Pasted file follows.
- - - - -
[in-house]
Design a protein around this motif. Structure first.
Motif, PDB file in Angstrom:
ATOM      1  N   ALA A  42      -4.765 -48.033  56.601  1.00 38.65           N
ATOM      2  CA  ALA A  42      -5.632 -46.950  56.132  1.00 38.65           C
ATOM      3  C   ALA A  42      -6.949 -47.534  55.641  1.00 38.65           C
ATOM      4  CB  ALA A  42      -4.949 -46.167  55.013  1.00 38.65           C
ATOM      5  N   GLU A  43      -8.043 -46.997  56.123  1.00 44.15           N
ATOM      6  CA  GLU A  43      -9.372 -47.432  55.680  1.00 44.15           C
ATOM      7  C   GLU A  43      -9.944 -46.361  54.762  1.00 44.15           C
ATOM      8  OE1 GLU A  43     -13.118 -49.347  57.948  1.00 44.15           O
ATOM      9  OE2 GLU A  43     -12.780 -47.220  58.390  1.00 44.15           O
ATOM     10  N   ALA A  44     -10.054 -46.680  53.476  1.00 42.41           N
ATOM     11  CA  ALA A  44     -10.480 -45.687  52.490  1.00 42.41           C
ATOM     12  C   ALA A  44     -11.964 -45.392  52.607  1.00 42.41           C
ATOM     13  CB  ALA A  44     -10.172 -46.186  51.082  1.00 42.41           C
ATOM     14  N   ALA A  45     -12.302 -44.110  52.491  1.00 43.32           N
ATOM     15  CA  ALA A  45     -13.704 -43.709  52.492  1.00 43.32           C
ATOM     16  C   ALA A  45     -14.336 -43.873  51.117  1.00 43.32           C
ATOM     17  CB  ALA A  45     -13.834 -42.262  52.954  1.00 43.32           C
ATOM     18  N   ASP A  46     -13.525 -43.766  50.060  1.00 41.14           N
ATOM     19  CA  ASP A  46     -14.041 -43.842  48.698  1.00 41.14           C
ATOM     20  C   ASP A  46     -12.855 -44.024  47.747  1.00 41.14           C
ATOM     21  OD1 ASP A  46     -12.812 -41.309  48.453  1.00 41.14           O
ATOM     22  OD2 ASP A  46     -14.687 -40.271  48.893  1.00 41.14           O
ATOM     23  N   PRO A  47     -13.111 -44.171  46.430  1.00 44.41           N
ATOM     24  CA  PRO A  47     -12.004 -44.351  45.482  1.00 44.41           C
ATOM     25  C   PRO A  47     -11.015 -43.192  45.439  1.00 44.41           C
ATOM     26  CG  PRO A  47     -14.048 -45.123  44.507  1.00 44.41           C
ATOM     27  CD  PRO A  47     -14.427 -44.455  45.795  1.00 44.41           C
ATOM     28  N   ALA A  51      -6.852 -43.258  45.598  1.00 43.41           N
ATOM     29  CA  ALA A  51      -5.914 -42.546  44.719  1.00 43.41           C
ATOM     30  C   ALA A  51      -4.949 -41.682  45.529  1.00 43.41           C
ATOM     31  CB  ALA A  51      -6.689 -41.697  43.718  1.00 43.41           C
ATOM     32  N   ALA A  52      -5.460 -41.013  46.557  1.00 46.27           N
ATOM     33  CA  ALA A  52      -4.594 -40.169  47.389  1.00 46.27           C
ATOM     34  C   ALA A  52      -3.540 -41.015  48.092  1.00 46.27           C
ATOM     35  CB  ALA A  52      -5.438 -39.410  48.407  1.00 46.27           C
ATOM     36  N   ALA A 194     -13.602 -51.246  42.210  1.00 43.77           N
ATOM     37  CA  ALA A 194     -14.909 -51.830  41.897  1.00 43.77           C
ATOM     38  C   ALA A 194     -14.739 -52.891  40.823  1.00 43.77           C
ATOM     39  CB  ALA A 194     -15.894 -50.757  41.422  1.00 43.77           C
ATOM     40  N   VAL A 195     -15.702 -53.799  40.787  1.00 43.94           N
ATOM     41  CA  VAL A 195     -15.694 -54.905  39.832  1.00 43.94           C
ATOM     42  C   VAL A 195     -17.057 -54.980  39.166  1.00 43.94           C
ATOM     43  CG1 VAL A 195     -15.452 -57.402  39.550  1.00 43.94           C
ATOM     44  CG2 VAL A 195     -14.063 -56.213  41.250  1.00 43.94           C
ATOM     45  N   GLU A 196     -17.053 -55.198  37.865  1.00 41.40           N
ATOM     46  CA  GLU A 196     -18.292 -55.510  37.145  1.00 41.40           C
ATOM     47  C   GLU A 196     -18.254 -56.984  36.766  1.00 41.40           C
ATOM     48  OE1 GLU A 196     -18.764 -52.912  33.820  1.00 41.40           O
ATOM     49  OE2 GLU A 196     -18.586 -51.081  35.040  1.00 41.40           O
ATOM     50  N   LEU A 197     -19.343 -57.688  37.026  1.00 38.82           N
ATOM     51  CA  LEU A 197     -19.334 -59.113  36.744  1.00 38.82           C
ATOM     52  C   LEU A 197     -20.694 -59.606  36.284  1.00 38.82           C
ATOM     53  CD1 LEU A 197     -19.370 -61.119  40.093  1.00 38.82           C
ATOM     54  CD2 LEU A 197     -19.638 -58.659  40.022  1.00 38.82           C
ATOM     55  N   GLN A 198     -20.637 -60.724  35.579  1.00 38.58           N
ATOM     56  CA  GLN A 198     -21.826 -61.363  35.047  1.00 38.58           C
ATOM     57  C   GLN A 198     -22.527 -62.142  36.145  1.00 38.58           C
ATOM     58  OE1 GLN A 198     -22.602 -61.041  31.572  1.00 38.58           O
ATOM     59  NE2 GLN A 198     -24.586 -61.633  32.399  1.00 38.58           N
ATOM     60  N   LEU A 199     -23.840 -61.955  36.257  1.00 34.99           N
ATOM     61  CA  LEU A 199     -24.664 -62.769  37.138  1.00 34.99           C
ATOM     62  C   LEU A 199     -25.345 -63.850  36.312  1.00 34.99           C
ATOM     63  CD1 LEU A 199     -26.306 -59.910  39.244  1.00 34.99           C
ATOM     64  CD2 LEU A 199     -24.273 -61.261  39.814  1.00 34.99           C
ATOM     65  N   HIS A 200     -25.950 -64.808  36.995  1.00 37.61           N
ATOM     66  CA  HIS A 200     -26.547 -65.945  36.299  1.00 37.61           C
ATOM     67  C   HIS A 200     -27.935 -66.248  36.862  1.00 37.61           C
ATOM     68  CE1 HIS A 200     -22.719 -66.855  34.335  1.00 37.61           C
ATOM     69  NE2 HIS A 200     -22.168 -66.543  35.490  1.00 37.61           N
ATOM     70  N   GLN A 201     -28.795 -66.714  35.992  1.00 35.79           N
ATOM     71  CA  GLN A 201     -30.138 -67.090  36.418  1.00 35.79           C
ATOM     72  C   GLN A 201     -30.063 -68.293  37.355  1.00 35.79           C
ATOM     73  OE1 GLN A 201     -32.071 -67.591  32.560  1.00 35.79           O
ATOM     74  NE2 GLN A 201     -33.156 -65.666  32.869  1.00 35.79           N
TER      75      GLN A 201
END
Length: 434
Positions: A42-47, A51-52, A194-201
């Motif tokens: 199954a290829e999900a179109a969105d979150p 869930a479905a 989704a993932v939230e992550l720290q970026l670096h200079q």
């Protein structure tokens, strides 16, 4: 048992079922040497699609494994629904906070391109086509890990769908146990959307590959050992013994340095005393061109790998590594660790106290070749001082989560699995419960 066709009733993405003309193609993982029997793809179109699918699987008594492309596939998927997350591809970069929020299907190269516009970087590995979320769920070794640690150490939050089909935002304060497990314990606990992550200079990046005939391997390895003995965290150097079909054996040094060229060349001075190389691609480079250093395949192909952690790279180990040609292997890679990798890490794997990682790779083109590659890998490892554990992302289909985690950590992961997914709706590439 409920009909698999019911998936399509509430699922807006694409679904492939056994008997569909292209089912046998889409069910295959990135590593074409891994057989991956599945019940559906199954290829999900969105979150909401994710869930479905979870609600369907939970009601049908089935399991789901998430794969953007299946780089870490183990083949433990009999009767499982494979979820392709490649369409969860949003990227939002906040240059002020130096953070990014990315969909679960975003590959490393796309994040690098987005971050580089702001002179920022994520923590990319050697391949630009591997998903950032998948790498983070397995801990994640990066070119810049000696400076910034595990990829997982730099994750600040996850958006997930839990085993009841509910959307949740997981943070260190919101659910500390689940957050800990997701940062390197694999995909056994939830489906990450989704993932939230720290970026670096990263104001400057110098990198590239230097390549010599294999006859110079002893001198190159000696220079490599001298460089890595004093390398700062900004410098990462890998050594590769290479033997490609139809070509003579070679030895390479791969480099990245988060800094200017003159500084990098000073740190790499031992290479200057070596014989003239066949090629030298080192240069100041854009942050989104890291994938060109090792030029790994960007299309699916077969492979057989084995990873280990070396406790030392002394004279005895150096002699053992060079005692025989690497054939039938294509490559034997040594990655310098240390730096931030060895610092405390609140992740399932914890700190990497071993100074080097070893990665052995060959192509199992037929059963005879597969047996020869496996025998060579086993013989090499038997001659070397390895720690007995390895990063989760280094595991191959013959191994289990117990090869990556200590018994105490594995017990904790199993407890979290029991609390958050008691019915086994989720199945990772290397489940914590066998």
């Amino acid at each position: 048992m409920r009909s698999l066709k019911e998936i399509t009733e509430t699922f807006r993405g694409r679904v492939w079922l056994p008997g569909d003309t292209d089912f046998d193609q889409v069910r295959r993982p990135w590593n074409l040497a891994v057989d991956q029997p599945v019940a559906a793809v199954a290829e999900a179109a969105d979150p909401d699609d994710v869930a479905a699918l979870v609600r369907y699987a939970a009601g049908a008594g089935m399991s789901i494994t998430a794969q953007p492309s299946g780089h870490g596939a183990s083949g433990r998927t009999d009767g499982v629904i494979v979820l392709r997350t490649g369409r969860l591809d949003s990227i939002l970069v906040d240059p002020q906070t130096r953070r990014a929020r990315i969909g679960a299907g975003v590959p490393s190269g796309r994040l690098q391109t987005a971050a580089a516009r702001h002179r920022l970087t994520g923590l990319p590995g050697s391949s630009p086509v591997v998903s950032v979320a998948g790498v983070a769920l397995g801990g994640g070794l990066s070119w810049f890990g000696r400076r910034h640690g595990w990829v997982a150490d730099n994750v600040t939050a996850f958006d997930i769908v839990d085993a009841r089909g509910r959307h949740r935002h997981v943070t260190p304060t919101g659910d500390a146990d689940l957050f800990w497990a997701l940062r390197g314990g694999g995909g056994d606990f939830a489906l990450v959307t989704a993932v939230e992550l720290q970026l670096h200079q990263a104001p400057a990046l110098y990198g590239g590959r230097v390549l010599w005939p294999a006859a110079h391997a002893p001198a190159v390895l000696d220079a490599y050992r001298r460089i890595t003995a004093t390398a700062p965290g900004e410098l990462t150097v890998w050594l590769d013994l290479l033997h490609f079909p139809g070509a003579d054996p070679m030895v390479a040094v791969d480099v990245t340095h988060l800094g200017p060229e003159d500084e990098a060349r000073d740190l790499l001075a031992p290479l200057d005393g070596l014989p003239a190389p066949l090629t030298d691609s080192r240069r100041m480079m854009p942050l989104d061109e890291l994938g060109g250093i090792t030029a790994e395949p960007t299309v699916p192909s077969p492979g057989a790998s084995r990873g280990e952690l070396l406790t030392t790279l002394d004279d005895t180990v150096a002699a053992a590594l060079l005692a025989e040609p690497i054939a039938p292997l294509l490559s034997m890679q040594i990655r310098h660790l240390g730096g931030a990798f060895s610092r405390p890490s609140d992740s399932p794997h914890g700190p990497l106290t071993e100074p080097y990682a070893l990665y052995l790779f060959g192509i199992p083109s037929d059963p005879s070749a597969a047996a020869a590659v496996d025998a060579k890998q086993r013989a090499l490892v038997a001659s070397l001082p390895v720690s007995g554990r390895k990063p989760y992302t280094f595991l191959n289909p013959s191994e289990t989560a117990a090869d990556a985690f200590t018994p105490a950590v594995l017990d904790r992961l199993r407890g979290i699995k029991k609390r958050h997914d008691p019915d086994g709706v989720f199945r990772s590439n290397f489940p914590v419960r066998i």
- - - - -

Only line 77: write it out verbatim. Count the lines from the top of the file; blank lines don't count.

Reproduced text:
ATOM     74  NE2 GLN A 201     -33.156 -65.666  32.869  1.00 35.79           N